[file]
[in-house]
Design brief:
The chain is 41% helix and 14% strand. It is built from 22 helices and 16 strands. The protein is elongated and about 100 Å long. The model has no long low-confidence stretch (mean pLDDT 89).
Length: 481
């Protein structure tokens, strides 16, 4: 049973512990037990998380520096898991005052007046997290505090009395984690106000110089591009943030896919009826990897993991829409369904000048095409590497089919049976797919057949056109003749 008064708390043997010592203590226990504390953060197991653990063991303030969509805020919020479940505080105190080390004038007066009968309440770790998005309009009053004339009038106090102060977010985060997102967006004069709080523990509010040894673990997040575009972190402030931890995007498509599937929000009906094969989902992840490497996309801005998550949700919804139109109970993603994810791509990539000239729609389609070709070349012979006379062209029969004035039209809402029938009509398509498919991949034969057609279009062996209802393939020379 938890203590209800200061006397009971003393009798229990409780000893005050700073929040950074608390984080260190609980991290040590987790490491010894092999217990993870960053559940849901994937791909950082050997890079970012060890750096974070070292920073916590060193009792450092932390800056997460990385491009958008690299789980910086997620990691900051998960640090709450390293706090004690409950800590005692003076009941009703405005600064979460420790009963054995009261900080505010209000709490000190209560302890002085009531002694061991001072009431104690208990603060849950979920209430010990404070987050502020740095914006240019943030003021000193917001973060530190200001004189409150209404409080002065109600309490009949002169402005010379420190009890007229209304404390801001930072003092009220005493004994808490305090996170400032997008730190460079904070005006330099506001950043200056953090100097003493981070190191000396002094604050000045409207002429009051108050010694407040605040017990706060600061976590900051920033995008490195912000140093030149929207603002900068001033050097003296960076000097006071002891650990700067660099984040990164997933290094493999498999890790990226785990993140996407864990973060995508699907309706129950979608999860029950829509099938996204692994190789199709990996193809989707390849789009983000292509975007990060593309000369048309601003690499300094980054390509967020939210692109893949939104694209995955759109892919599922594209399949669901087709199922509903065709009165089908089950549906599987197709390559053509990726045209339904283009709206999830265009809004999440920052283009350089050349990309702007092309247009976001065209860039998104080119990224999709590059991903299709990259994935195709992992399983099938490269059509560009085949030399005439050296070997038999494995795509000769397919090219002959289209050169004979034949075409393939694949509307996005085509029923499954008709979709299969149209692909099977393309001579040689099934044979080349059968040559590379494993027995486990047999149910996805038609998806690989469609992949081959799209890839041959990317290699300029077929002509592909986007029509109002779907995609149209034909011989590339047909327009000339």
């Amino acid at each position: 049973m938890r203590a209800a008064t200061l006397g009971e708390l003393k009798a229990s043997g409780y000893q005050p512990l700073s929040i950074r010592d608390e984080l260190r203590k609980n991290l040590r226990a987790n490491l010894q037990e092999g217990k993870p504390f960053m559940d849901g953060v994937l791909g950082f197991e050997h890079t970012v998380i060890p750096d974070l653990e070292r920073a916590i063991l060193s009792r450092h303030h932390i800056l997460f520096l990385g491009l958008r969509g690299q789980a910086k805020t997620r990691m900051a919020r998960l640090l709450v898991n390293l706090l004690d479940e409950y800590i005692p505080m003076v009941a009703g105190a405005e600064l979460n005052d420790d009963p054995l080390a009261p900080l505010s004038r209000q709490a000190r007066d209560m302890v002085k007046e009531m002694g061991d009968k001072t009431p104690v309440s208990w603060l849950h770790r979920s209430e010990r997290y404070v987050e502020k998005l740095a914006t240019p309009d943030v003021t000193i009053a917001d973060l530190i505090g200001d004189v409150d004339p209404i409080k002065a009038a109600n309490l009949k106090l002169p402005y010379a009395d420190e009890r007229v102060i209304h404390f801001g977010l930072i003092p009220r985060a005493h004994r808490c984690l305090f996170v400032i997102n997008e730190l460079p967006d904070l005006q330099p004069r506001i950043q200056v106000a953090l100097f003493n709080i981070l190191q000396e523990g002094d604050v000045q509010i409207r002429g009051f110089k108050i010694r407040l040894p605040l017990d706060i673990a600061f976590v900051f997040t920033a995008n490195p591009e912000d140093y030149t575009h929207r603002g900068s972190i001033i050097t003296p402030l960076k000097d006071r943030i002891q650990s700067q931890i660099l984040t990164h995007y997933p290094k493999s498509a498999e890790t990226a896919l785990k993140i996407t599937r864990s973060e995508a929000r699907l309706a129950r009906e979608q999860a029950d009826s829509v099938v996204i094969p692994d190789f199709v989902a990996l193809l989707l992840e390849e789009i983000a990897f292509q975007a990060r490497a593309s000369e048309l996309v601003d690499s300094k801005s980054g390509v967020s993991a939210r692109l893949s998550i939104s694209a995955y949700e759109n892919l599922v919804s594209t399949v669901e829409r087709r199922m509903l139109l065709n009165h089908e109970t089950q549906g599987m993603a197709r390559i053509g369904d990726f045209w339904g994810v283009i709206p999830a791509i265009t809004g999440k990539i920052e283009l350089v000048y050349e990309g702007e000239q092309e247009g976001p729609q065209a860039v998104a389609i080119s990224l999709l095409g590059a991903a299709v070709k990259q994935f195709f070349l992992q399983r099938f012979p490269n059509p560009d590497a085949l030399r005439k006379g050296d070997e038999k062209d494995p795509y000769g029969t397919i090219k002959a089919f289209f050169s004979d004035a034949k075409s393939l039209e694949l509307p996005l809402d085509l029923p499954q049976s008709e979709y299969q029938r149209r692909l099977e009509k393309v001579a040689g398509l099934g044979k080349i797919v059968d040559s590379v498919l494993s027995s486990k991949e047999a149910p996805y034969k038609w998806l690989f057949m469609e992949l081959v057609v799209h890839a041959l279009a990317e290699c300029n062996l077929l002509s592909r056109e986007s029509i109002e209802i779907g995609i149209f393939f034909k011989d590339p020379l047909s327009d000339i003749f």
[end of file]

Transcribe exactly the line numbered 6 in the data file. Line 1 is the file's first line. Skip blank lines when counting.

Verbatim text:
């Amino acid at each position: 049973m938890r203590a209800a008064t200061l006397g009971e708390l003393k009798a229990s043997g409780y000893q005050p512990l700073s929040i950074r010592d608390e984080l260190r203590k609980n991290l040590r226990a987790n490491l010894q037990e092999g217990k993870p504390f960053m559940d849901g953060v994937l791909g950082f197991e050997h890079t970012v998380i060890p750096d974070l653990e070292r920073a916590i063991l060193s009792r450092h303030h932390i800056l997460f520096l990385g491009l958008r969509g690299q789980a910086k805020t997620r990691m900051a919020r998960l640090l709450v898991n390293l706090l004690d479940e409950y800590i005692p505080m003076v009941a009703g105190a405005e600064l979460n005052d420790d009963p054995l080390a009261p900080l505010s004038r209000q709490a000190r007066d209560m302890v002085k007046e009531m002694g061991d009968k001072t009431p104690v309440s208990w603060l849950h770790r979920s209430e010990r997290y404070v987050e502020k998005l740095a914006t240019p309009d943030v003021t000193i009053a917001d973060l530190i505090g200001d004189v409150d004339p209404i409080k002065a009038a109600n309490l009949k106090l002169p402005y010379a009395d420190e009890r007229v102060i209304h404390f801001g977010l930072i003092p009220r985060a005493h004994r808490c984690l305090f996170v400032i997102n997008e730190l460079p967006d904070l005006q330099p004069r506001i950043q200056v106000a953090l100097f003493n709080i981070l190191q000396e523990g002094d604050v000045q509010i409207r002429g009051f110089k108050i010694r407040l040894p605040l017990d706060i673990a600061f976590v900051f997040t920033a995008n490195p591009e912000d140093y030149t575009h929207r603002g900068s972190i001033i050097t003296p402030l960076k000097d006071r943030i002891q650990s700067q931890i660099l984040t990164h995007y997933p290094k493999s498509a498999e890790t990226a896919l785990k993140i996407t599937r864990s973060e995508a929000r699907l309706a129950r009906e979608q999860a029950d009826s829509v099938v996204i094969p692994d190789f199709v989902a990996l193809l989707l992840e390849e789009i983000a990897f292509q975007a990060r490497a593309s000369e048309l996309v601003d690499s300094k801005s980054g390509v967020s993991a939210r692109l893949s998550i939104s694209a995955y949700e759109n892919l599922v919804s594209t399949v669901e829409r087709r199922m509903l139109l065709n009165h089908e109970t089950q549906g599987m993603a197709r390559i053509g369904d990726f045209w339904g994810v283009i709206p999830a791509i265009t809004g999440k990539i920052e283009l350089v000048y050349e990309g702007e000239q092309e247009g976001p729609q065209a860039v998104a389609i080119s990224l999709l095409g590059a991903a299709v070709k990259q994935f195709f070349l992992q399983r099938f012979p490269n059509p560009d590497a085949l030399r005439k006379g050296d070997e038999k062209d494995p795509y000769g029969t397919i090219k002959a089919f289209f050169s004979d004035a034949k075409s393939l039209e694949l509307p996005l809402d085509l029923p499954q049976s008709e979709y299969q029938r149209r692909l099977e009509k393309v001579a040689g398509l099934g044979k080349i797919v059968d040559s590379v498919l494993s027995s486990k991949e047999a149910p996805y034969k038609w998806l690989f057949m469609e992949l081959v057609v799209h890839a041959l279009a990317e290699c300029n062996l077929l002509s592909r056109e986007s029509i109002e209802i779907g995609i149209f393939f034909k011989d590339p020379l047909s327009d000339i003749f």